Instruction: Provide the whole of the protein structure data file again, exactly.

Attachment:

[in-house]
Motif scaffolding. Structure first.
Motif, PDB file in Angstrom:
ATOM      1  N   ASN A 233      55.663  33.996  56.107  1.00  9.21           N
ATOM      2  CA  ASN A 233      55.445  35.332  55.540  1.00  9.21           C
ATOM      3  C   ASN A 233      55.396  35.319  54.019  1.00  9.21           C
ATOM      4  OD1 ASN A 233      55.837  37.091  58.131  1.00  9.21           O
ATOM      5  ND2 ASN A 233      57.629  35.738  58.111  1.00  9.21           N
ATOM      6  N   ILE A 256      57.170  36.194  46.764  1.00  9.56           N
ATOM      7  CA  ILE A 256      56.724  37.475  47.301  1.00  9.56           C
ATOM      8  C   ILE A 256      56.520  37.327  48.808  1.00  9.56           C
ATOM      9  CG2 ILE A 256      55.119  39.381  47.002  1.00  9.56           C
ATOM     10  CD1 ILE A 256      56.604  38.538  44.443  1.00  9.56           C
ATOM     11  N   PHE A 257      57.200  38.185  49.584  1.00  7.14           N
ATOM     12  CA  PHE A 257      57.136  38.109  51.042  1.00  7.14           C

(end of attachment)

[in-house]
Motif scaffolding. Structure first.
Motif, PDB file in Angstrom:
ATOM      1  N   ASN A 233      55.663  33.996  56.107  1.00  9.21           N
ATOM      2  CA  ASN A 233      55.445  35.332  55.540  1.00  9.21           C
ATOM      3  C   ASN A 233      55.396  35.319  54.019  1.00  9.21           C
ATOM      4  OD1 ASN A 233      55.837  37.091  58.131  1.00  9.21           O
ATOM      5  ND2 ASN A 233      57.629  35.738  58.111  1.00  9.21           N
ATOM      6  N   ILE A 256      57.170  36.194  46.764  1.00  9.56           N
ATOM      7  CA  ILE A 256      56.724  37.475  47.301  1.00  9.56           C
ATOM      8  C   ILE A 256      56.520  37.327  48.808  1.00  9.56           C
ATOM      9  CG2 ILE A 256      55.119  39.381  47.002  1.00  9.56           C
ATOM     10  CD1 ILE A 256      56.604  38.538  44.443  1.00  9.56           C
ATOM     11  N   PHE A 257      57.200  38.185  49.584  1.00  7.14           N
ATOM     12  CA  PHE A 257      57.136  38.109  51.042  1.00  7.14           C